Paul L. Caron

Tuesday, March 31, 2009

Tax Freedom Day Is April 13

The Tax Foundation announced today that Tax Freedom Day -- the date on which Americans will have worked long enough to have earned enough money to pay this year's tax obligations at the federal, state and local levels -- will be April 13 this year:

This is eight days earlier than in 2008, and a full two weeks earlier than in 2007, for two reasons: (1) the recession has reduced tax collections even faster than it has reduced income, and (2) the stimulus package includes large temporary tax cuts for 2009 and 2010. ...

Tax Freedom Day moves somewhat independently from an alternative calculation that adds the federal budget deficit to total taxes collected. In 2009, an unprecedented budget deficit over $1.5 trillion produces a date of May 29. This is the latest date in the year this deficit-inclusive measure has ever fallen. The only previous years when taxes and deficit spending comprised a similarly large share of national income were 1944 and 1945, at the peak of World War II. In the postwar era, this date had never fallen later than May 9 (in 1992). Figure 1 below shows Tax Freedom Day as traditionally presented and with the inclusion of the federal budget deficit, since 1967 (click to enlarge).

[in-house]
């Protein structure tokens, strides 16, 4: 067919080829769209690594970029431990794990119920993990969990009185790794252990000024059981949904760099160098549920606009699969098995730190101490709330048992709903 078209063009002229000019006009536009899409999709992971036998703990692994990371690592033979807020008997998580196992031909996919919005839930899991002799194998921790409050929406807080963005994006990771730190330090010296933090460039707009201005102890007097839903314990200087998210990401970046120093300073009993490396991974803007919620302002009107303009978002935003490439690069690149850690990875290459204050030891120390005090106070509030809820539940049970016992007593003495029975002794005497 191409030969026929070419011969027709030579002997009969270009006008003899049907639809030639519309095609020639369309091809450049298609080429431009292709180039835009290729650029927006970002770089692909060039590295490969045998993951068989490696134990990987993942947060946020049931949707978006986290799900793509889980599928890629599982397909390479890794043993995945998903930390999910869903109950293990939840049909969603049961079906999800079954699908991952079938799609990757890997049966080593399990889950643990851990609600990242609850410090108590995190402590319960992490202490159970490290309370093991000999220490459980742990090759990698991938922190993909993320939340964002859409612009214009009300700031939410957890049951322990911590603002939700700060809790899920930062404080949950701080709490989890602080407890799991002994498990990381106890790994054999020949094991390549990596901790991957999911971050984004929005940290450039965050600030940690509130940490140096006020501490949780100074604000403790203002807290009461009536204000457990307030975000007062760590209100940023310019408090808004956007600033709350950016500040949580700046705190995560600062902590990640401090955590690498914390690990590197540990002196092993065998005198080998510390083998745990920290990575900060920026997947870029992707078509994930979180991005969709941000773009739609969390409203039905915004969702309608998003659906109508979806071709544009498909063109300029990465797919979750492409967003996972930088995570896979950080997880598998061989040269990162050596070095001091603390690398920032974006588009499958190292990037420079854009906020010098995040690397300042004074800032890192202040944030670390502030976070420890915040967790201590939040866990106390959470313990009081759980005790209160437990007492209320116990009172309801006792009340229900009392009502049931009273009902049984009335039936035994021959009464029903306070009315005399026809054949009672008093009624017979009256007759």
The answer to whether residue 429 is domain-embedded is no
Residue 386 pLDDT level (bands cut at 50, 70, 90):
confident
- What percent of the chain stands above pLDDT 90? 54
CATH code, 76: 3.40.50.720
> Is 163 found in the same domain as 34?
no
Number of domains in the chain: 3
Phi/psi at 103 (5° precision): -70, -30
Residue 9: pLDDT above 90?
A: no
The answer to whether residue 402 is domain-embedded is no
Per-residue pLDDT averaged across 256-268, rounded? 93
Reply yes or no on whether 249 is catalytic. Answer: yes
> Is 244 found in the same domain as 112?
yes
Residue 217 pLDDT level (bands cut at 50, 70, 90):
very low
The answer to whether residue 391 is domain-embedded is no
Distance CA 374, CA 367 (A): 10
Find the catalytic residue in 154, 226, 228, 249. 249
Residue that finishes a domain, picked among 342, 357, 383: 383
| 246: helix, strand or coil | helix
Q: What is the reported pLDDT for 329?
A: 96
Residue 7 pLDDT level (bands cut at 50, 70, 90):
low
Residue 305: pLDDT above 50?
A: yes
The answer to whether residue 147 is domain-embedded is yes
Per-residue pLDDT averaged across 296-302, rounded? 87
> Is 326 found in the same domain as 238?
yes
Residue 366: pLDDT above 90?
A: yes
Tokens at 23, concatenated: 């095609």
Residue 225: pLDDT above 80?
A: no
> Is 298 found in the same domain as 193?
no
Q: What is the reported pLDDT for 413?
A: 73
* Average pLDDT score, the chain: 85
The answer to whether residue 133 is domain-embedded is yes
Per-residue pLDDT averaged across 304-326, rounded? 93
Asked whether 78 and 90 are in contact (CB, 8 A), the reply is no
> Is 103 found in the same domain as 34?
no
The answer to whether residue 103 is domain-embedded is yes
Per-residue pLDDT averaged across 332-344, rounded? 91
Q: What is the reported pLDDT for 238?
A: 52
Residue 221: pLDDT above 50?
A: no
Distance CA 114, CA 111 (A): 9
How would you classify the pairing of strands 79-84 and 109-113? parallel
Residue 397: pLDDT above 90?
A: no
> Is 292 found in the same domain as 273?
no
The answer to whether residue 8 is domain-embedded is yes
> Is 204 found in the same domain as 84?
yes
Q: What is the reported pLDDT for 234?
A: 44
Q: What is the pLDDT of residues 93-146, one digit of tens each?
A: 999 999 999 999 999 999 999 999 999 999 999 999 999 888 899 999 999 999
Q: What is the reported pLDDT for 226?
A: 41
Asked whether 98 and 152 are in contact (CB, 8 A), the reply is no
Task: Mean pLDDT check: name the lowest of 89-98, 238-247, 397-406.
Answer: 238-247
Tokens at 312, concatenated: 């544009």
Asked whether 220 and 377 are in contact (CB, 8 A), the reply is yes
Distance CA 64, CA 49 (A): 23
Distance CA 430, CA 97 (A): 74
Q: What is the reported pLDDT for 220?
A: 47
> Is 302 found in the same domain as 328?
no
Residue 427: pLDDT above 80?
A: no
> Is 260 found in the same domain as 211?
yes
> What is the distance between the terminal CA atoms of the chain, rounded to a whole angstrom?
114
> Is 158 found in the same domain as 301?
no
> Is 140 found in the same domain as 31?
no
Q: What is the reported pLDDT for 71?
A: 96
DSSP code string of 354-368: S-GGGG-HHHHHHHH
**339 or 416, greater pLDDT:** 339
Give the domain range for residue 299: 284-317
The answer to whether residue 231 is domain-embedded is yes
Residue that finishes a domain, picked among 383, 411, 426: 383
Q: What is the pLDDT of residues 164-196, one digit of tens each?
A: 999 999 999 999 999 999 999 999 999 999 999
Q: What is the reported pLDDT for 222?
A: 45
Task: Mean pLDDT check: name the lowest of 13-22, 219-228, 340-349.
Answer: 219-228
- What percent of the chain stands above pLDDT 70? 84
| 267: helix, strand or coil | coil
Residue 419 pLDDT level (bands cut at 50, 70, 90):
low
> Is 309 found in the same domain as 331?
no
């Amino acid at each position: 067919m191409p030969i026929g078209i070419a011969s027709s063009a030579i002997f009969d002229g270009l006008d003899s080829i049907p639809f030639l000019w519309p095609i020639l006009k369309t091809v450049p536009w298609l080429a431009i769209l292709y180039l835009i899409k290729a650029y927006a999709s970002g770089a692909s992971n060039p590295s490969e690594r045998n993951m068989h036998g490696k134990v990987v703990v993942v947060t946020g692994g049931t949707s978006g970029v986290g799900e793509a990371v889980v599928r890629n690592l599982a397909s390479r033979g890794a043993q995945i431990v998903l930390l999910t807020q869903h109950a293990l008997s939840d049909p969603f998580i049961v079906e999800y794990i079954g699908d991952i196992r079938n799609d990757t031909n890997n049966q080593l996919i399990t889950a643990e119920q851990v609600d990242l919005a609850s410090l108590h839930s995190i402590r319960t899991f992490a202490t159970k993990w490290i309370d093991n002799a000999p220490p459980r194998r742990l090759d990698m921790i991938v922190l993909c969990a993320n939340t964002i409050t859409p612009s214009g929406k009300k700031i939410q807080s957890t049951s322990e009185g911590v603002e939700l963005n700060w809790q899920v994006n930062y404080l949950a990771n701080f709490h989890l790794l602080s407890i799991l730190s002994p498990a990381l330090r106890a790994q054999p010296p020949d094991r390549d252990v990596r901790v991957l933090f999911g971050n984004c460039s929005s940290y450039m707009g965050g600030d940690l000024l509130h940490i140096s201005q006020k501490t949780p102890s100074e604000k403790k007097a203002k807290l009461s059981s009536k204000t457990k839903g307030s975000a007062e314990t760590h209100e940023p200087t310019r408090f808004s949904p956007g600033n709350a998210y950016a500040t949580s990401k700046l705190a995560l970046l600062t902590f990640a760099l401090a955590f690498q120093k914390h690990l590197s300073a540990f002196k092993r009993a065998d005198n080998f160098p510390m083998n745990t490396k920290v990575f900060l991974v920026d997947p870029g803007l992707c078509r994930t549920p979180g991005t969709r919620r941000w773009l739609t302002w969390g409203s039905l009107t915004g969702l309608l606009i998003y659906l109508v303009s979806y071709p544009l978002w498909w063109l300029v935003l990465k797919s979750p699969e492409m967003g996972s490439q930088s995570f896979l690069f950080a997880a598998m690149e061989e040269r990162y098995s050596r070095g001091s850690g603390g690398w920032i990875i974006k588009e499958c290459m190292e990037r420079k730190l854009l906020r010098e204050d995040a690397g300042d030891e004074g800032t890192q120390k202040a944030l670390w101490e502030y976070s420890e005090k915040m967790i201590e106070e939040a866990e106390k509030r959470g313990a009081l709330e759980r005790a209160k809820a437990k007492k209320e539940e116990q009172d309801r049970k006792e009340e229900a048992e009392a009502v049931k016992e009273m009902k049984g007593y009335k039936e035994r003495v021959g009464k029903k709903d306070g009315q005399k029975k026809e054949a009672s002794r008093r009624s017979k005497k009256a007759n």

Tax Freedom Day

April 13 is the national average -- Tax Freedom Day in individual states range from the state with the highest tax burden -- Connecticut (April 30) -- to the state with the lowest tax burden -- Alaska (March 23).

Here are the ten states with the heaviest tax burdens and the latest Tax Freedom Days:

  1. Connecticut April 30)
  2. New Jersey (April 29)
  3. New York (April 25)
  4. California (April 20)
  5. Maryland (April 19)
  6. Virginia (April 16)
  7. Massachusetts (April 16)
  8. Washington (April 16)
  9. Minnesota (April 15)
  10. Rhode island (April 14)

Here are the ten states with the lowest tax burdens and the earliest Tax Freedom Days:

  1. Alaska (March 23)
  2. Louisiana (March 28)
  3. Mississippi (March 28)
  4. South Dakota (March 29)
  5. North Dakota (April 1)
  6. West Virginia (April 1)
  7. Alabama (April 2)
  8. New Mexico (April 2)
  9. Montana (April 3)
  10. Kentucky (April 3)

The Center on Budget and Policy Priorities criticizes the Tax Foundation's methodology here.

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Just remember that tax freedom day came earlier for the feudal peasants (they only had to work 50 days for their lords).

Posted by: BR | Apr 2, 2009 5:22:45 AM

I would love to see how those top ten lists work out in terms of state budgets, either in surplus or deficit.

It would probably not be a huge shock to discover that those states with the lowest tax burdens have the least amount of budget problems.

But hey, why apply that to the federal level? That's just WAY too logical for the federal government.

Posted by: Tman | Apr 1, 2009 10:25:52 AM